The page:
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A Murder at White Rocks

The Polly Williams Story, Year 1810

White Rocks There is a fascinating story about a young woman named Polly Williams. An ancient ballad tells the tale and a new marble tombstone marks the final resting place of the victim in a classic Fayette County tragedy. Polly Williams met her end at the foot of a nearby mountain precipice - and the foul deed was done, the ballad insists, by a "faithless lover." It happens in 1810...

Polly was a beautiful blonde 18-year old, the daughter of an impoverished family that had settled near New Salem. Then less than 10 years old, New Salem was a straggling village sometimes called "Muttontown" because of the number of stolen sheep supposedly turned up there. The young girl became a servant to the well-off Jacob Moss family and was soon accepted by them as a member of the family. She attracted the eye of the handsome Philip Rogers, a neighbor five years older than her. When Polly's family moved west in 1808, she stayed behind and everyone accepted that a wedding was in the offing. But Rogers keep putting off the date and, after two years, Poly became melancholy and confided to the Mosses that she feared Philip meant to kill her.

Mrs.Moss pleaded with her to break the engagement, but Polly cried and said she must marry him, even if it meant her death, because she could not live without him. In August of 1810, Philip told her he had arranged with a squire who lived on the slope of Chestnut Ridge to marry them. Happily, dressed in her best, Poly set out with Philip for the 14-mile walk. The next day, four children picking blackberries found her crumpled body at the foot of White Rocks, a steep outcropping about three miles east of the Hopwood-Fairchance Road. Polly was still clutching a piece of laurel bush in her hand where she had apparently ripped it out as she fell from the top of the cliff.

Her body was carried to the Nixon Tavern (thereafter known as the Polly Williams' House) at the corner of North Main and Elm in Fairchance, located where the Elizabeth and Frank Kovach, Sr. house now stands, and a coroner was called in from Uniontown . They found that it was more than just a fall; Polly's forehead had been bashed in, apparently by a rock. She laid at the Tavern and, since no one in the vicinity knew her, was buried in a small nearby cemetery. After a few days, Mr. Moss finally heard the story and, his suspicions aroused, had the grave opened and the authorities were contacted. Sheriff Jacob Harbaugh went to the Rogers home to see Philip. As he arrived he heard Roger's mother berating him for taking up such "trash."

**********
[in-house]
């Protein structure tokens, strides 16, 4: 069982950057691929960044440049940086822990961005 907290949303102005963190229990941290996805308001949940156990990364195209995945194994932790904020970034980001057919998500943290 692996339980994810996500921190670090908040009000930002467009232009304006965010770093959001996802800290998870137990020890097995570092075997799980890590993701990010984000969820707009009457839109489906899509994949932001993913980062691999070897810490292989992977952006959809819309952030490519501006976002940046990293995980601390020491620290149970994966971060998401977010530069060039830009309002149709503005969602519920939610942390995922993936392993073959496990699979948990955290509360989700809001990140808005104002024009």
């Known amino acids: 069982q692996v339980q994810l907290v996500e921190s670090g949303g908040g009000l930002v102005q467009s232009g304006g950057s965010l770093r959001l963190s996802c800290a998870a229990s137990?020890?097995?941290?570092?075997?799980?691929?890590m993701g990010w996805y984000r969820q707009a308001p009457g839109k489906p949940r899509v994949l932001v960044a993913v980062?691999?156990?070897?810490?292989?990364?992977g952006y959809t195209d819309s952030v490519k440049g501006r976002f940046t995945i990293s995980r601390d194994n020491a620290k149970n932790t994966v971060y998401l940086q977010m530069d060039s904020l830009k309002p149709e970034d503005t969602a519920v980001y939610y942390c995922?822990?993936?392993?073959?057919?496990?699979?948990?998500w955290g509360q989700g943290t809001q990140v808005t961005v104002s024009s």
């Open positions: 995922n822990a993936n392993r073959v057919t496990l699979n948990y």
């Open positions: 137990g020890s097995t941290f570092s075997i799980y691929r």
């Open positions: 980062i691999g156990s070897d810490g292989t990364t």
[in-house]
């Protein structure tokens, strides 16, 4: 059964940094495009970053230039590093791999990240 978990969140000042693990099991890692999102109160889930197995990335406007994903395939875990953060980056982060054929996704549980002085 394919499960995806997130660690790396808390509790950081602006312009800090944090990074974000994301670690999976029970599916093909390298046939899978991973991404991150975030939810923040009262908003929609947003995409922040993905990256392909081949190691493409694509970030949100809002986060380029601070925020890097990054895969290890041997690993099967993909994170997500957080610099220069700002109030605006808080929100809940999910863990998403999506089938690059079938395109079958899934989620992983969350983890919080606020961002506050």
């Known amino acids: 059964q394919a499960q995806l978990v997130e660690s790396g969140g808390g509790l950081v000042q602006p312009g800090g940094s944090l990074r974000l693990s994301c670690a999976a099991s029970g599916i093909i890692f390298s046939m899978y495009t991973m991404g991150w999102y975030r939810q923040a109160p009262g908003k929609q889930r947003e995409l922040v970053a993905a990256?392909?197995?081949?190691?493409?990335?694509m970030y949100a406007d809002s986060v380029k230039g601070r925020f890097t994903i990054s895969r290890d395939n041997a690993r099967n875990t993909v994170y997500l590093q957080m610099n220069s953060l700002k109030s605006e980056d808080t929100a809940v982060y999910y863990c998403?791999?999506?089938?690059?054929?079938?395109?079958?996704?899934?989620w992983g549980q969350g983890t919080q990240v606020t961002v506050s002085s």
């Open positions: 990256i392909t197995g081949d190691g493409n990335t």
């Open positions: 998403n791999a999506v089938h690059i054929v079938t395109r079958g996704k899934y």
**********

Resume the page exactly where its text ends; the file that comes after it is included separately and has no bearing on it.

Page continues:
The sheriff arrested him for murder, although Rogers denied pushing Polly off the cliff. He said they had quarreled and separated, implying she had lost her way and fell from the top of the rocks. The Rogers family spared nothing in Philips defense, even bringing in Senator James Ross from Pittsburgh to act as his lawyer. Despite the judge's comment that the evidence against Rogers was "very strong," the jury acquitted him. The trial lasted less than a day. Nevertheless, Rogers was condemned by public opinion. He moved to the Greensboro area of Greene County, where he worked as a stone mason. He married and raised family before he died at the age of 74. He never admitted the murder. The cemetery Polly was buried in is now know as the Little White Rock Cemetery. Her Tombstone has a epitaph that may have been taken from the ballad.

The Grave of Polly Williams. 1792 - 1810. Behold with pity, you that pass by, here does the bones of Polly Williams lie.

Behold with pity, you that pass by,
here does the bones of Polly Williams lie
who was cut off her youthful bloom,
by a vile wretch, her pretended groom.

The original stone was defaced by souvenir hunters, and in 1931, the Polly Williams Sunday School Class of the Little White Rock Church replaced it with a new marker. This tombstone also fell victim of the ravages of time and in September,1972, the class erected a third stone, this one of marble. It bears the same tragic description There have been several accounts of the story of Polly Williams and White Rocks. One, by Ashbell Fairchild Hill, a novelist from German Township, was published in 1865. Although interesting reading, the book has very little semblance of truth, except for the locations. Another was part of the book, "Rosa and Elsa" by Elizabeth Curstead. She devoted a chapter of her book to places of historical interest and included the legend of White Rock and Polly Williams. She researched the story thoroughly and came up with what is probably the most accurate account of what actually happened.

Editors Note: John and I have made the trip to White Rocks to metal detect. We will be metal detecting up there again soon and will keep you posted of what we find.

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